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Envisioning the Dynamics of a World Parliament of Religions (Part #7)

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What approach should be taken to the possibility of choosing a metaphor to better articulate the diverse elements of spiritual concord in such circumstances? Five criteria could be considered:

(a) Adequate to capture the variety of options: Clearly a metaphor must be rich enough so that each may find in it the dimensions to which he or she is sensitive. There is therefore advantage in highlighting those which reflect the most advanced thinking of our civilization -- those touching the frontiers of aspiration to explore our potential and articulating our comprehension of the most complex domains. But, although of necessary complexity, these metaphors must allow for simple comprehension, preferably permitting clarification by rich and evocative imagery.

(b) Opening options: A useful metaphor must avoid the problem of over-deterministic drameworks which leave no "free space" for the imagination to explore and make discoveries. Better than static metaphors, those which embody a dynamic reality open more possibilities to the imagination. They lessen the impression of exhaustiveness and determinism -- having less of a function of a conceptual straitjacket. Such metaphors "seduce" and enchant the spirit. Their meaning can be "mined" according to people's degree of need and curiosity.

(c) Recognition of limitations: As with every framework, a metaphor can only give a partial image of a complex reality. And like a model, a given metaphor may not be to the taste of everyone. A metaphor has a limited audience (or a "market") which may be a function of culture, education or age. Consequently any effort to impose a single metaphor is therefore destined to failure (even though this may be disguised to the extent that there may be resistance to the meaning carried by the metaphor, which is then seen as a sterile dogma).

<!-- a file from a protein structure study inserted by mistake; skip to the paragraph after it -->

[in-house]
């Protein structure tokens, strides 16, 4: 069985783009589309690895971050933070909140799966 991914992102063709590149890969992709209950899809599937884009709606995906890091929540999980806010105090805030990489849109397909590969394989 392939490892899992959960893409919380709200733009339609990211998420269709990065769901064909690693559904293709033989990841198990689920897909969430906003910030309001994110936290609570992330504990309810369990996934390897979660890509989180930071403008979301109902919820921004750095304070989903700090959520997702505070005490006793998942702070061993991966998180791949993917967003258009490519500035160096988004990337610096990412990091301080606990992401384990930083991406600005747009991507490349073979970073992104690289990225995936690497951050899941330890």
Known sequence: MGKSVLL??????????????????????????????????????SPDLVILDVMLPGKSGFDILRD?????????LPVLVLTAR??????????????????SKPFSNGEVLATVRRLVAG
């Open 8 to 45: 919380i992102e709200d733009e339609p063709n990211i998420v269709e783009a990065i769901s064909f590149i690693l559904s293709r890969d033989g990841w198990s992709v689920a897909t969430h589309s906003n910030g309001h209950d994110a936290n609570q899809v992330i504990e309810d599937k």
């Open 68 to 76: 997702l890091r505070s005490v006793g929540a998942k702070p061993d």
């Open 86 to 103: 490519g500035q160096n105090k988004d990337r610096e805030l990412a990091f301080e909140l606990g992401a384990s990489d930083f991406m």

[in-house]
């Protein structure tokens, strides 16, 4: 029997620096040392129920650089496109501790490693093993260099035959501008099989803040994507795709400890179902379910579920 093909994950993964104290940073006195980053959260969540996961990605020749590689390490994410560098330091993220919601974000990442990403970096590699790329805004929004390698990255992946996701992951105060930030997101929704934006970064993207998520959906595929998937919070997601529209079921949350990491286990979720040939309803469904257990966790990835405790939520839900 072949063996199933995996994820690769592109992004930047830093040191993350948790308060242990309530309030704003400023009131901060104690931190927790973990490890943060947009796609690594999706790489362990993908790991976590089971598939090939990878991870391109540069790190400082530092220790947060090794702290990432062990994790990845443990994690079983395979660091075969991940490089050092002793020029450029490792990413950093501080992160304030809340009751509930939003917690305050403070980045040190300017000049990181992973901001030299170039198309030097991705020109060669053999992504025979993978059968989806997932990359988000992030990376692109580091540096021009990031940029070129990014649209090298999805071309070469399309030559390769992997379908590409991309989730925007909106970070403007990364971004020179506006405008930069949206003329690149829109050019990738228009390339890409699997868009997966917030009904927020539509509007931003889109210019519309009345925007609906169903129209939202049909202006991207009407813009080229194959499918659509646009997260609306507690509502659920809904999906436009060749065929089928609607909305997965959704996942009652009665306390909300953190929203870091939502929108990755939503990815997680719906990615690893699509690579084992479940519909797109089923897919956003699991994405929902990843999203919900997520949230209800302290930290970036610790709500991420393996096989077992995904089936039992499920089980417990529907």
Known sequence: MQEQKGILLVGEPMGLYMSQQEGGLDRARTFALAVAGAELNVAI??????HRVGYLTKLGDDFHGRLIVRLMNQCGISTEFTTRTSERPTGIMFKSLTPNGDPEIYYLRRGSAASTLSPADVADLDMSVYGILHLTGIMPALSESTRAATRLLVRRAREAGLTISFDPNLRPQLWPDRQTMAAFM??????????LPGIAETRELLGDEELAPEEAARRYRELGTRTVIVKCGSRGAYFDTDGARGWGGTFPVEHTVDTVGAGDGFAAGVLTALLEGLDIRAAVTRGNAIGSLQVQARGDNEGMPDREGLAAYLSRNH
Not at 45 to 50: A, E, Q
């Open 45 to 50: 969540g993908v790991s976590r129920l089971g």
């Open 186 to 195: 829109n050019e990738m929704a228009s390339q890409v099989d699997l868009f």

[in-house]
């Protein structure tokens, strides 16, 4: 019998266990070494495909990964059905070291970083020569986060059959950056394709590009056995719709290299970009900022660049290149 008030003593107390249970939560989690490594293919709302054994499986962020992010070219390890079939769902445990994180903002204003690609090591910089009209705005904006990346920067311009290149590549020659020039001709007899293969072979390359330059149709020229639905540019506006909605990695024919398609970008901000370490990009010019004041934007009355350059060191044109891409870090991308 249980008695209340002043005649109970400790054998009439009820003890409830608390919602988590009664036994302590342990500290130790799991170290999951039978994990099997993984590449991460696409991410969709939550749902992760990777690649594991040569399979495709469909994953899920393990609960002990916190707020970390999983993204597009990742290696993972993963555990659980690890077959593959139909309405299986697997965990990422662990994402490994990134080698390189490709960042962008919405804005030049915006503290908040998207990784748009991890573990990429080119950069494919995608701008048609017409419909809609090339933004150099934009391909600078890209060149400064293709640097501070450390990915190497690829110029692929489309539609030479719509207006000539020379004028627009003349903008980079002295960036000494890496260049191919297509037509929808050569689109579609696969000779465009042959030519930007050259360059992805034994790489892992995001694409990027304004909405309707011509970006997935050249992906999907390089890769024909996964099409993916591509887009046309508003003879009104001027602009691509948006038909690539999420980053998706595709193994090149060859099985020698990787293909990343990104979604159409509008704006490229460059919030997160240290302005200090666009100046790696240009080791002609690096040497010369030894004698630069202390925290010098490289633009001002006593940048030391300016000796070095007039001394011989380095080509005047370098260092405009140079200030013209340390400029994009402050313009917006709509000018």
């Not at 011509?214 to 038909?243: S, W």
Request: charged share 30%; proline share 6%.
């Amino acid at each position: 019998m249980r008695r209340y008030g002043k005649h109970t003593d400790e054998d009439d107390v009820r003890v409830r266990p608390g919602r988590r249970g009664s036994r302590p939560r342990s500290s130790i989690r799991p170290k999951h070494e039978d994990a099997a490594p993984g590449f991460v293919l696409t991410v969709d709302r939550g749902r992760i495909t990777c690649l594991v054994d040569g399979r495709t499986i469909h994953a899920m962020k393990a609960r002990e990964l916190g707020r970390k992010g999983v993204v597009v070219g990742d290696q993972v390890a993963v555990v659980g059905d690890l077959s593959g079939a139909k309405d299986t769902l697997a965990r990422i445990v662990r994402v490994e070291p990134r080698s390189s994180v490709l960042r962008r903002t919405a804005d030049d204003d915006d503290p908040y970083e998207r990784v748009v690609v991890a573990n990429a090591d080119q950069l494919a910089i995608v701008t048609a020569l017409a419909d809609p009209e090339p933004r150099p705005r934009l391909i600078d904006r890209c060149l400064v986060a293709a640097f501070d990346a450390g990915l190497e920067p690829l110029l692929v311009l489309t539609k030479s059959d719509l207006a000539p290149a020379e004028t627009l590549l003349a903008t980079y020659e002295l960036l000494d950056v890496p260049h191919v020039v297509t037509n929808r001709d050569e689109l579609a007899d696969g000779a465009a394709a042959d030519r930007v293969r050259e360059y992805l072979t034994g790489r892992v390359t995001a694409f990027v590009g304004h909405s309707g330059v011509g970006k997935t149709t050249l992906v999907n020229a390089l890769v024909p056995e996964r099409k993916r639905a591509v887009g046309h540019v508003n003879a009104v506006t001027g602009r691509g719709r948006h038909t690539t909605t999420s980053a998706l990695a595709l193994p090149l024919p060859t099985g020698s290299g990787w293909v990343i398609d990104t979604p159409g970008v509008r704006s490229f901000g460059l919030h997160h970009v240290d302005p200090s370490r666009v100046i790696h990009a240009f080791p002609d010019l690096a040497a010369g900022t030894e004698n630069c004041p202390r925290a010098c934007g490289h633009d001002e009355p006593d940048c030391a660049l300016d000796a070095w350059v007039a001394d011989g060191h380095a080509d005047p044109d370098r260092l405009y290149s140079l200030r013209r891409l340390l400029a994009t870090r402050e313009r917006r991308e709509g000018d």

(d) Dynamic system of complementary metaphors: The limitations of any given metaphor may be compensated, provided that it is seen as forming part of a set of complementary metaphors. Then the weaknesses of one are compensated by the strengths of others, and the dominating points any one metaphor is constrained or checked by the insights brought by others. In such a system of metaphors, each has more chance of finding an appropriate, and even seductive, perspective than through any single metaphor.

(e) Recursive nature of metaphors selected: A complex belief system is always a challenge to comprehension. This is also true in the case of a system of metaphors. Such metaphors should therefore be chosen on the basis of their individual capacity to provide some comprehension of the system of which they are part. This criterion guarantees, to some degree at least, the integrity and the coherence of the system.

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